How to Help Children Who Have Trouble Sleeping: 5 Steps
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A calming bedtime routine can help whisk her off to dreamland.


You probably thought that you left sleep issues behind once your baby started sleeping through the night. But the Sandman might have something else in store for you and your little one. Toddlers and preschoolers are not immune to sleep issues -- which translate into sleepless nights for parents as well. You can't expect your child to have sweet dreams every night, but you can set the stage for a night of restful slumber.

Steps

  1. 1
    Create a predictable and calming bedtime routine to help wind down your little one and prepare her for sleep. Start 30 to 60 minutes before it's actually time for bed. Indulge in quiet activities like a warm bath, story time and songs -- all with dim lighting and quiet voices. Not only can these practices help a child who has sleep issues, but they also provide for a perfect bonding time after a long day.
  2. 2
    Address sleep concerns seriously. Toddlers and preschoolers are experiencing nightmares and bedtime fears for the first time. Simply telling your little one that there's no need to worry can leave her awake and quaking in her sheets. Instead, talk about the things that are scaring her, check under the bed for the occasional monster and install nightlights to help both validate and calm her fears.
  3. 3
    Follow a predictable daytime schedule, assessing the need to alter your child's naps throughout the day. If your little one has a hard time settling down at night, it could be that she's outgrowing her naps. Try shortening nap time, moving it an hour or two earlier, or doing away with naps altogether in an effort to get her to sleep better at night. The average preschooler needs anywhere from 9 to 12 hours of sleep each day, but it doesn't matter if you reach that goal with or without naps.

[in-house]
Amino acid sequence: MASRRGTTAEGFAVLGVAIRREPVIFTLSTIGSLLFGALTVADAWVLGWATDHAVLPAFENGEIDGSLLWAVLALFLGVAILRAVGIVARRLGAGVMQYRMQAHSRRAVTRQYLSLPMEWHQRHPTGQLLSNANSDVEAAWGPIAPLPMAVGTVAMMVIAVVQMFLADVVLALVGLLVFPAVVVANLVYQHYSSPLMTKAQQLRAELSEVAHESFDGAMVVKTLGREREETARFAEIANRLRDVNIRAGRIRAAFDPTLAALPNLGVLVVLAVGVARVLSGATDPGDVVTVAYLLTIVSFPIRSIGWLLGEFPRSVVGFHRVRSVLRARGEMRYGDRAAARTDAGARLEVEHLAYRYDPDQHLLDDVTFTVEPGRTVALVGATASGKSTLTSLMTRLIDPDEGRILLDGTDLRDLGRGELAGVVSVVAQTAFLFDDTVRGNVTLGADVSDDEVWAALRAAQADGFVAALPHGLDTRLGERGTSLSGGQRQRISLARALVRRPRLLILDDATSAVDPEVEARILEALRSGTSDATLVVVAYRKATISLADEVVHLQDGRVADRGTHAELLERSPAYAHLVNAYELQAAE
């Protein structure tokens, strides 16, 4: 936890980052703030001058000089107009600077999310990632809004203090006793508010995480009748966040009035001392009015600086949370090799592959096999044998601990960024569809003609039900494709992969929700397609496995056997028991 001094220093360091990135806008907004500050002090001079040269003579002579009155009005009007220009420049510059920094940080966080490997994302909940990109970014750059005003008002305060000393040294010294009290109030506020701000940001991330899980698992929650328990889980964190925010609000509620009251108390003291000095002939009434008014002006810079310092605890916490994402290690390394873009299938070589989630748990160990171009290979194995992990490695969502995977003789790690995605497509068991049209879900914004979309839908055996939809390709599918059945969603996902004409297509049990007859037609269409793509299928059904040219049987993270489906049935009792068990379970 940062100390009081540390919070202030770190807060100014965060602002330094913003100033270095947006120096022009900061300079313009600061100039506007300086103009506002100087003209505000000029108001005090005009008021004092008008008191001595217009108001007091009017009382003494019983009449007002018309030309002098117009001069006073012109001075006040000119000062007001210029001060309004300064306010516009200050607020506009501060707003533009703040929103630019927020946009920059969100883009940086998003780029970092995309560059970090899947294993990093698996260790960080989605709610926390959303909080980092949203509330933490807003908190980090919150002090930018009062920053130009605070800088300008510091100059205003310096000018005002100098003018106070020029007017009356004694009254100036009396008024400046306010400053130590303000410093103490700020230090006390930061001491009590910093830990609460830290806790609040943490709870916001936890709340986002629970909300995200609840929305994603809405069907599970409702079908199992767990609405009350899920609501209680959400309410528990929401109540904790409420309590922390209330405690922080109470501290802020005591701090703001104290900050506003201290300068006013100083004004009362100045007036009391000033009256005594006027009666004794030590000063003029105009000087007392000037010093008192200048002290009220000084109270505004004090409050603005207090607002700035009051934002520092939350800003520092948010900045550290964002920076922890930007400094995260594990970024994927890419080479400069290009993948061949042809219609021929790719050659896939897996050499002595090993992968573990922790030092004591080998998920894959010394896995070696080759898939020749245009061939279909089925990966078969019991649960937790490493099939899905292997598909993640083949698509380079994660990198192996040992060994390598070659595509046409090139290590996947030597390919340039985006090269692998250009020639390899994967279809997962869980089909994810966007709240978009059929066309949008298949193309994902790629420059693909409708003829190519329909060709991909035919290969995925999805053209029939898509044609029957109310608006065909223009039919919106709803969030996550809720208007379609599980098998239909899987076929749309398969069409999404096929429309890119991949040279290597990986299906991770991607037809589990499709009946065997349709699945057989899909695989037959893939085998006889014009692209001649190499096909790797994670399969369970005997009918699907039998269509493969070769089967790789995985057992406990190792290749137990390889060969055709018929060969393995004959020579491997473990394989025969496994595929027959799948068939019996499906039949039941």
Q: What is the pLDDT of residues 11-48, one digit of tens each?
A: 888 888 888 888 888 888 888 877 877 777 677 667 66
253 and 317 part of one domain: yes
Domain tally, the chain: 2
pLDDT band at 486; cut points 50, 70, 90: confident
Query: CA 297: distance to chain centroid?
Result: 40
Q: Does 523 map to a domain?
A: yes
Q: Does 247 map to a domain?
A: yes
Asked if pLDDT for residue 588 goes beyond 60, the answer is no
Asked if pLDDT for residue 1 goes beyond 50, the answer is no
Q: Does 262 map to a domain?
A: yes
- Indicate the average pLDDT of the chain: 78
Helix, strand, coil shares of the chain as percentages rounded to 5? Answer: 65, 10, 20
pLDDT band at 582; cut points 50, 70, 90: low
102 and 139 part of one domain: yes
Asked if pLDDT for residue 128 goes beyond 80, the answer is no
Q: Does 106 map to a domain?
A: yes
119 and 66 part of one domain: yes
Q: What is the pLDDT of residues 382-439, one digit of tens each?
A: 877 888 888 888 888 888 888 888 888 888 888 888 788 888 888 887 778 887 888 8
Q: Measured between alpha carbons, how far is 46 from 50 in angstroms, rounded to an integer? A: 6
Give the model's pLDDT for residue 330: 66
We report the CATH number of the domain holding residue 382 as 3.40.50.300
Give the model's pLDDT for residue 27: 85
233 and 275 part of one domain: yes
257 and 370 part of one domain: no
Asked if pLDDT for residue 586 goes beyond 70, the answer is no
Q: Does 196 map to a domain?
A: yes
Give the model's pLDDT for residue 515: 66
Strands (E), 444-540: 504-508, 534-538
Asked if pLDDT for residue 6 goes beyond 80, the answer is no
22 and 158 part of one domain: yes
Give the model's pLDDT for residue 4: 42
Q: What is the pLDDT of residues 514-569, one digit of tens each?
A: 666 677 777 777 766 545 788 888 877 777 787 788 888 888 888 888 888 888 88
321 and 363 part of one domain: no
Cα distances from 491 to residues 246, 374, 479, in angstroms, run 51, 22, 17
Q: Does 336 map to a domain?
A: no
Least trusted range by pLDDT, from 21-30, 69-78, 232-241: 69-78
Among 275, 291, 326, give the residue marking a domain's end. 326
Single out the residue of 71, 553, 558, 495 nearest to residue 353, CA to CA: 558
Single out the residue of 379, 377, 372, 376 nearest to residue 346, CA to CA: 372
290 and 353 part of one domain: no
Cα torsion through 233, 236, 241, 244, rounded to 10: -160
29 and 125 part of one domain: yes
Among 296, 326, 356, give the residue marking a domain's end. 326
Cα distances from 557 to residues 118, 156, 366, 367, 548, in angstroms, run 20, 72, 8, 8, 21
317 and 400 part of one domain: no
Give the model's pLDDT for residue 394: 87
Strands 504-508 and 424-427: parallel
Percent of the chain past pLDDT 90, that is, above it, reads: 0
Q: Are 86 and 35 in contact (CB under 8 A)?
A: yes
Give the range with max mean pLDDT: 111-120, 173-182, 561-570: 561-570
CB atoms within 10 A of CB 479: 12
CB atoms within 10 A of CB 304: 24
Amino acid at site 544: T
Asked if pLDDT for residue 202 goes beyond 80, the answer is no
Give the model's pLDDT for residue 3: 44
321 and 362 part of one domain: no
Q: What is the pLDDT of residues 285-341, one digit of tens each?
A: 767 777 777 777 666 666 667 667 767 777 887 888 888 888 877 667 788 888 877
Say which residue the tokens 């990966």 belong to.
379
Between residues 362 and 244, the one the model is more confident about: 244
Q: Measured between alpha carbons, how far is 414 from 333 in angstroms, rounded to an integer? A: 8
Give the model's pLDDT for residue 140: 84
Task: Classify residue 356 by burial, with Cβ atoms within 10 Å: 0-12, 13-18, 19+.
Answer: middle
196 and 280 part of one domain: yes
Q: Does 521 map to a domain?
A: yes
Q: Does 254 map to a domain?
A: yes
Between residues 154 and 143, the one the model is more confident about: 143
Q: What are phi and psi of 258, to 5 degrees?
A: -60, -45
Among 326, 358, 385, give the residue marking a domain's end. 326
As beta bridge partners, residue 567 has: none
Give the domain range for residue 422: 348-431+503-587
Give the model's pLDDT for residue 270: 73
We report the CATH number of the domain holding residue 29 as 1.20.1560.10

4. 4
    Wear your child out physically during the day. She just might not be sleepy at night if she spends a good part of the day in front of the television. Instead, head to the park, dance around the house -- and just try to stay active for a good part of the day. If you do, there's a good chance that she'll pretty much fall asleep as soon as her head hits the pillow come bedtime.
  5. 5
    See your child's pediatrician if changes in his schedule don't seem to have an effect on his sleep issues. He could be suffering from night terrors, have sleep apnea, or even developmental issues that could be derailing his nightly appointment with the Sandman. Try recording a week's worth of sleep activity in a journal and taking the stats into the pediatrician for an assessment. After receiving the appropriate treatment, your little one's sleep woes can become a thing of the past.

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Categories: Education and Communications

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